Lessons from M.X.

So as I have said before in a previous post, I have been trying to make a point to read speeches from those deemed leaders in liberation movements. So far, I have only read Malcolm X's "After the Bombing" speech, because I've been busy. Anyway, for this post I wanted to highlight that speech and specific points that he makes about social justice organizing in this country. I don't think that most people of my generation know how smart Malcolm X was, all we know is the name "Malcolm X." We don't know any of his words or what he really stood for. Or that he was pretty funny too.

One point that he talks about is oppressed people becoming enlightened and aware of the colonial situation in this country. "The newly awakened people all over the world pose a problem for what's known as Western interests, which is imperialism, colonialism, racism and all these other negative vulturistic isms. But the internal forces pose an even greater threat only when they have properly analyzed the situation and know what the stakes really are." So we can see here that Malcolm is emphasizing education and knowledge about the oppressed situation, which I totally agree with. He goes on to say, "the man knows that if Negroes find out how dissatisfied they really are -- and all of them, even Uncle Tom is dissatisfied, he's just playing his part for now -- this is what makes them frightened. It frightens them in France, it frightens them in England, and it frightens them in the United States." So we see that knowledge really is power, as corny as it sounds. That there is no hope for ending your oppressive situation if you don't even know what oppression is and that it is designed to be seen as invisible.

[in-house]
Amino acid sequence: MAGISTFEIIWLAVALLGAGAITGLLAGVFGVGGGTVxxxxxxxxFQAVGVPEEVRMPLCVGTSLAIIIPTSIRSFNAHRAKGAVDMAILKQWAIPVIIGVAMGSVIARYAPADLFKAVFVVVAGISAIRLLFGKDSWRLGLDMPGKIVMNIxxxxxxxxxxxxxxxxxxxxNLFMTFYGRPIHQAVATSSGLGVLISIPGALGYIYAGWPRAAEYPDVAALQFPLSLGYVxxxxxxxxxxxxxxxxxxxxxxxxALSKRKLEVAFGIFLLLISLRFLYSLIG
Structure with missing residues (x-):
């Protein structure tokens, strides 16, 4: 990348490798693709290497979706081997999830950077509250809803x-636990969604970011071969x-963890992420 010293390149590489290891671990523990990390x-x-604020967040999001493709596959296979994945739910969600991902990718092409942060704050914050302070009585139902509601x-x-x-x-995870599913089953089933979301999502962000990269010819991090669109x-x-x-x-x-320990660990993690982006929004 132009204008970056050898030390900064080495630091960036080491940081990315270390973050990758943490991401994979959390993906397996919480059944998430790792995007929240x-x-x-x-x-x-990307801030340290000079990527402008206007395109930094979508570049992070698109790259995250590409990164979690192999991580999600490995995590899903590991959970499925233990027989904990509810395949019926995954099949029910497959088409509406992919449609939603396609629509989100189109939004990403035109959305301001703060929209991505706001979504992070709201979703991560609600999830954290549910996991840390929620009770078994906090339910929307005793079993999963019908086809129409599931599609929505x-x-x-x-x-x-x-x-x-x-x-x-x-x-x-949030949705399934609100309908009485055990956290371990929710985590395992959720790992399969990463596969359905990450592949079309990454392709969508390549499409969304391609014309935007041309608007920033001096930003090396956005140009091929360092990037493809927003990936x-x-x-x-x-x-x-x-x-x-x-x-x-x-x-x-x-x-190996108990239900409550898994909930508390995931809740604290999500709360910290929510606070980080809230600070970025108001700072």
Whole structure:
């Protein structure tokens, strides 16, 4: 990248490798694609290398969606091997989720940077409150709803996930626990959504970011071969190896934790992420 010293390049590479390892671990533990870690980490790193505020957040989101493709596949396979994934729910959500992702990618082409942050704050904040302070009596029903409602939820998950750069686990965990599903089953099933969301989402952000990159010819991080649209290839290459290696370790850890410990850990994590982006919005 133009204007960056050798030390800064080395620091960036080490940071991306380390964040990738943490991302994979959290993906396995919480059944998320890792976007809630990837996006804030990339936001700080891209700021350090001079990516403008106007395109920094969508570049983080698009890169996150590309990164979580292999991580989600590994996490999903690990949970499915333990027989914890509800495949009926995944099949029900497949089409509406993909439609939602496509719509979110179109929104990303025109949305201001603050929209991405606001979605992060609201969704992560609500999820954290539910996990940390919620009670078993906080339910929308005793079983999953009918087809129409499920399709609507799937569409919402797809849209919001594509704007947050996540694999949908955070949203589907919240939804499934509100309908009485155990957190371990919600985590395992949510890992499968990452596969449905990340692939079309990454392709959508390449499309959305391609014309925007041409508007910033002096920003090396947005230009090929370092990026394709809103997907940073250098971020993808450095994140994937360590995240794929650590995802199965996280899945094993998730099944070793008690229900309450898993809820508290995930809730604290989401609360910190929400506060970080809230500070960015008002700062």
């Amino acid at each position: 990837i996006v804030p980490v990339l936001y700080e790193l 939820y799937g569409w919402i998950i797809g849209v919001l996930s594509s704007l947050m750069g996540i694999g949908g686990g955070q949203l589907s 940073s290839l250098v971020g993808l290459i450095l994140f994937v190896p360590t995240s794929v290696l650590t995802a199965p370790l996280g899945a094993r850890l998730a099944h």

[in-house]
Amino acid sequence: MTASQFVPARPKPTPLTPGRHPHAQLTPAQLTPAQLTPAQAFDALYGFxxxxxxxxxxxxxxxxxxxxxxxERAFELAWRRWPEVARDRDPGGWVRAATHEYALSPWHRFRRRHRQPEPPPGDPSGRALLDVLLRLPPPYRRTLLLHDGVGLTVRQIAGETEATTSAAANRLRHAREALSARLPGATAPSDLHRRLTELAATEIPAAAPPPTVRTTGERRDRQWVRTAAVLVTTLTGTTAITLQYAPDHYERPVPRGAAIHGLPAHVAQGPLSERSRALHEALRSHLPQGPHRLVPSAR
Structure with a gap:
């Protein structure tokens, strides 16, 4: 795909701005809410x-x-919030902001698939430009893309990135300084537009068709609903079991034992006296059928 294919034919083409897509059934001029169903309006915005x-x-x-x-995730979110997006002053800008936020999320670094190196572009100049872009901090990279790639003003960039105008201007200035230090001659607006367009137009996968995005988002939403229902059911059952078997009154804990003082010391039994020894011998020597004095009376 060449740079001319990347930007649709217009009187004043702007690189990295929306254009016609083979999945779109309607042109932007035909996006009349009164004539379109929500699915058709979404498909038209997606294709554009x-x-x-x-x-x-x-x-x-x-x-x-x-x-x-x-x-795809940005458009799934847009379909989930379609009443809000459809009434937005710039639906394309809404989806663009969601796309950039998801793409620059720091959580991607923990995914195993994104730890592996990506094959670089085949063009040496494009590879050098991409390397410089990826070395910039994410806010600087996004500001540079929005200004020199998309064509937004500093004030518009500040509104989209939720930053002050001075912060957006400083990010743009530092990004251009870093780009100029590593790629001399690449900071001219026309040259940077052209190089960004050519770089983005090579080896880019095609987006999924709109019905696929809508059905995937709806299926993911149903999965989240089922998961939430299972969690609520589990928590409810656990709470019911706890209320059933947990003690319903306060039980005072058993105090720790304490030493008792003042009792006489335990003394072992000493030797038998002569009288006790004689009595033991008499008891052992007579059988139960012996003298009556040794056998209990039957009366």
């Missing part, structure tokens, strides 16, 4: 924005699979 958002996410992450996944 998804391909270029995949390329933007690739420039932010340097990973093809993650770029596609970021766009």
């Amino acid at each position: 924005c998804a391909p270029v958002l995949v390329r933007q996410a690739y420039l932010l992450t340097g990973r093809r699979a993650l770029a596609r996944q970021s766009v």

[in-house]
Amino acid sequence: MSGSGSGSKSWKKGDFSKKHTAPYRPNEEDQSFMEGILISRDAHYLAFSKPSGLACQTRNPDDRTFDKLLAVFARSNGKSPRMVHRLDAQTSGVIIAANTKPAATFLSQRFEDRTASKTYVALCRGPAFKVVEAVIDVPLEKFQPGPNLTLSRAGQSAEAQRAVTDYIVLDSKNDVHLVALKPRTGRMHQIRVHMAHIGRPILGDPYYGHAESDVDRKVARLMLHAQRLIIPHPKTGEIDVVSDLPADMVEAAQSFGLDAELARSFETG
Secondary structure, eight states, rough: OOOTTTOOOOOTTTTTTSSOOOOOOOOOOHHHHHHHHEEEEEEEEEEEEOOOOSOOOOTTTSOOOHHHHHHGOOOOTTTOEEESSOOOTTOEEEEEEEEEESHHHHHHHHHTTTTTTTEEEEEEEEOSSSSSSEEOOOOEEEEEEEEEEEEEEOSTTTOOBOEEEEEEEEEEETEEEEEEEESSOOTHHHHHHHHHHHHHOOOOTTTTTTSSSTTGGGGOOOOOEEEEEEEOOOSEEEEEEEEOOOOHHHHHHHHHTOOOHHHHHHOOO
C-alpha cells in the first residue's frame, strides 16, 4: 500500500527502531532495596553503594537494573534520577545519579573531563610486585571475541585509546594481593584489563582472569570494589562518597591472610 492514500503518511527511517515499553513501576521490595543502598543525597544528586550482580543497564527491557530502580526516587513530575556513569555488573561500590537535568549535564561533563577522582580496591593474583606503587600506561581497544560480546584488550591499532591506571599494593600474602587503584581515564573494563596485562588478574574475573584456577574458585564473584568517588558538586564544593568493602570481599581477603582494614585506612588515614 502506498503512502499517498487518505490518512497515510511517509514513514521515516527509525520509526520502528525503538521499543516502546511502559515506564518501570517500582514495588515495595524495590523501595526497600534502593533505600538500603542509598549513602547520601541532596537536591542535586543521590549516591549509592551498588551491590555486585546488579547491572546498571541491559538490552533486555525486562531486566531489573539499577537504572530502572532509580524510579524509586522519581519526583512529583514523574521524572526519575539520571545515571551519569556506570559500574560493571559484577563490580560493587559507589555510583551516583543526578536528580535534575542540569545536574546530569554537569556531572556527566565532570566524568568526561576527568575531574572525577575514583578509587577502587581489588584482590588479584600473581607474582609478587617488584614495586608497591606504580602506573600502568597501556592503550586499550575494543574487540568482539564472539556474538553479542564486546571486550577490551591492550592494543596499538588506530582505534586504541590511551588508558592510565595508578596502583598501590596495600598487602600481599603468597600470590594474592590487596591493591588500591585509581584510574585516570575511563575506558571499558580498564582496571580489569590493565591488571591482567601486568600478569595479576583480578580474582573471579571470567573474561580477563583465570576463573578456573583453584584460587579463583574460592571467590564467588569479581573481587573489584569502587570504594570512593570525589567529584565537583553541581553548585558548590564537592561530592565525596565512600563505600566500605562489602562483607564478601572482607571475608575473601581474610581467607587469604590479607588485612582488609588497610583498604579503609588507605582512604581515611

Another important point is alliances among struggles. "They'll do it to them today, and do it to you tomorrow. Because you and I and they are all the same." I think this integral to remember. Above all, we are all one people. If they do it to them, they'll do it to you. He continues, "and one of our first programs is to take our problem our of the civil rights context and place it at the international level, of human rights, so that the entire world can have a voice in our struggle. If we keep it at civil rights, then the only place we can turn for allies is with in the domestic confines of America. But when you make it a human rights struggle, it becomes international, and then you can open the door for all types of advice and support from our brothers in Africa, Latin America, Asia, and elsewhere." Oppression is never faced in solitude, the oppression of one community is also the oppression of every other community. We must create alliances and solidarity among our communities.

With the election of Obama, people, mainly oppressed people seem to have a lot more faith in the political system with no factual basis supporting this faith. "Some of these liberals who grin in your face like they're your best friends, they have money tied up in the Congo." Liberals are not angels, and they are not anarchists. They have a hand in the capitalist oppressive system that we live in as well. Don't allow yourself to be fooled thinking that Democrats are so liberal and great, that they aren't oppressive to your situation. In actuality, most Democrats know that they have to somewhat liberal for the preservation of their party and ideals, Republicans are just more bold with their marginalizing.

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